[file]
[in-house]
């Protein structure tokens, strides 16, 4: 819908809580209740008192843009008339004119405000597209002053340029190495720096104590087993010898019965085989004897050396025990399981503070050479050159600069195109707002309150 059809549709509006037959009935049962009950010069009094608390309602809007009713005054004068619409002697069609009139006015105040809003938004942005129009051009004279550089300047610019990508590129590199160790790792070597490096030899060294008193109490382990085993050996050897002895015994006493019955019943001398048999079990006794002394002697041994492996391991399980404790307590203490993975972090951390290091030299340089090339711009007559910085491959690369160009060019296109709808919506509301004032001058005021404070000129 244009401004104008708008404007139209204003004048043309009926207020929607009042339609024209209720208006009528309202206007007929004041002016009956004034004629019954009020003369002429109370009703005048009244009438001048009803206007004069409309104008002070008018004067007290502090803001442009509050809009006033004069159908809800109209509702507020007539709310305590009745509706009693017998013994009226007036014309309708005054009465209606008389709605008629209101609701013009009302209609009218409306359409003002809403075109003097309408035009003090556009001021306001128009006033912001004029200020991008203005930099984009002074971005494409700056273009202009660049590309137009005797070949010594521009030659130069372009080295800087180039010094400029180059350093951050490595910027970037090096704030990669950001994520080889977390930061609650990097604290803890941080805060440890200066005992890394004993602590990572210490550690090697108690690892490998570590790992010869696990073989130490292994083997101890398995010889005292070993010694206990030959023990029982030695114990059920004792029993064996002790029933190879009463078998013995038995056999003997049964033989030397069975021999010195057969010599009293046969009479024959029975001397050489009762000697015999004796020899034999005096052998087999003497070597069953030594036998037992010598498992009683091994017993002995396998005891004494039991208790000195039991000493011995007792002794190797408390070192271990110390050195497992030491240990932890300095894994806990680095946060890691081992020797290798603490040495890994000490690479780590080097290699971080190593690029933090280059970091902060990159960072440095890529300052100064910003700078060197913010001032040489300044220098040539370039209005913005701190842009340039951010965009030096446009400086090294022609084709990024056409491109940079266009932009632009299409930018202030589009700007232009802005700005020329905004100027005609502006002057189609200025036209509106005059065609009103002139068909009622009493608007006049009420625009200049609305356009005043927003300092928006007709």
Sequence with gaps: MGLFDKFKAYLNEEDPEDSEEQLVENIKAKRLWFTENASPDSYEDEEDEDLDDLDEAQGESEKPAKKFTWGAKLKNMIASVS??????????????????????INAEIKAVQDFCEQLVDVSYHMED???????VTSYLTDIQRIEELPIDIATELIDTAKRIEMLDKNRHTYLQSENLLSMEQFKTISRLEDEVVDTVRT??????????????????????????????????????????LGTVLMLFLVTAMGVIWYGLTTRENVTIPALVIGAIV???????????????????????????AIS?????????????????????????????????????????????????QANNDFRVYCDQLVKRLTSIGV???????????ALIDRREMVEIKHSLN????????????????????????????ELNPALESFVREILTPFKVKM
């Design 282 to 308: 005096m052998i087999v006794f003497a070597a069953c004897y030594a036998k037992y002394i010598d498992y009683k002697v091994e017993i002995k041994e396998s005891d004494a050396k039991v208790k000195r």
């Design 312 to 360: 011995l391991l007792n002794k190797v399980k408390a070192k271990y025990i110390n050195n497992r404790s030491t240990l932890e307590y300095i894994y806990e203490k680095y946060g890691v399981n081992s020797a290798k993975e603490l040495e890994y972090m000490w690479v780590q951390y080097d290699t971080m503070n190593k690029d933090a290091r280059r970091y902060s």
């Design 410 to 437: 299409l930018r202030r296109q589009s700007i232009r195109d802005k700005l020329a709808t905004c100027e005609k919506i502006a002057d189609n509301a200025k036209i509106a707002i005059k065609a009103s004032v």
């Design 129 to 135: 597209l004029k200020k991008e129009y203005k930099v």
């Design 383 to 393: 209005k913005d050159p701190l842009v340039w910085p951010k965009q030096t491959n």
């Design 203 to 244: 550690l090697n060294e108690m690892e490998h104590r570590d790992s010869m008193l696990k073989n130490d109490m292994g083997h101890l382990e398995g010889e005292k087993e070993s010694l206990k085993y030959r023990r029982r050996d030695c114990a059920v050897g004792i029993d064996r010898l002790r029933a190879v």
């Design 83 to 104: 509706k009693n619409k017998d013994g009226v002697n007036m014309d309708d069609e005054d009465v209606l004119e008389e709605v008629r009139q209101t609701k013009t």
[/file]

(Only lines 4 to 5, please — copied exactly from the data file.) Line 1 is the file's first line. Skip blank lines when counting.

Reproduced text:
């Design 282 to 308: 005096m052998i087999v006794f003497a070597a069953c004897y030594a036998k037992y002394i010598d498992y009683k002697v091994e017993i002995k041994e396998s005891d004494a050396k039991v208790k000195r």
């Design 312 to 360: 011995l391991l007792n002794k190797v399980k408390a070192k271990y025990i110390n050195n497992r404790s030491t240990l932890e307590y300095i894994y806990e203490k680095y946060g890691v399981n081992s020797a290798k993975e603490l040495e890994y972090m000490w690479v780590q951390y080097d290699t971080m503070n190593k690029d933090a290091r280059r970091y902060s």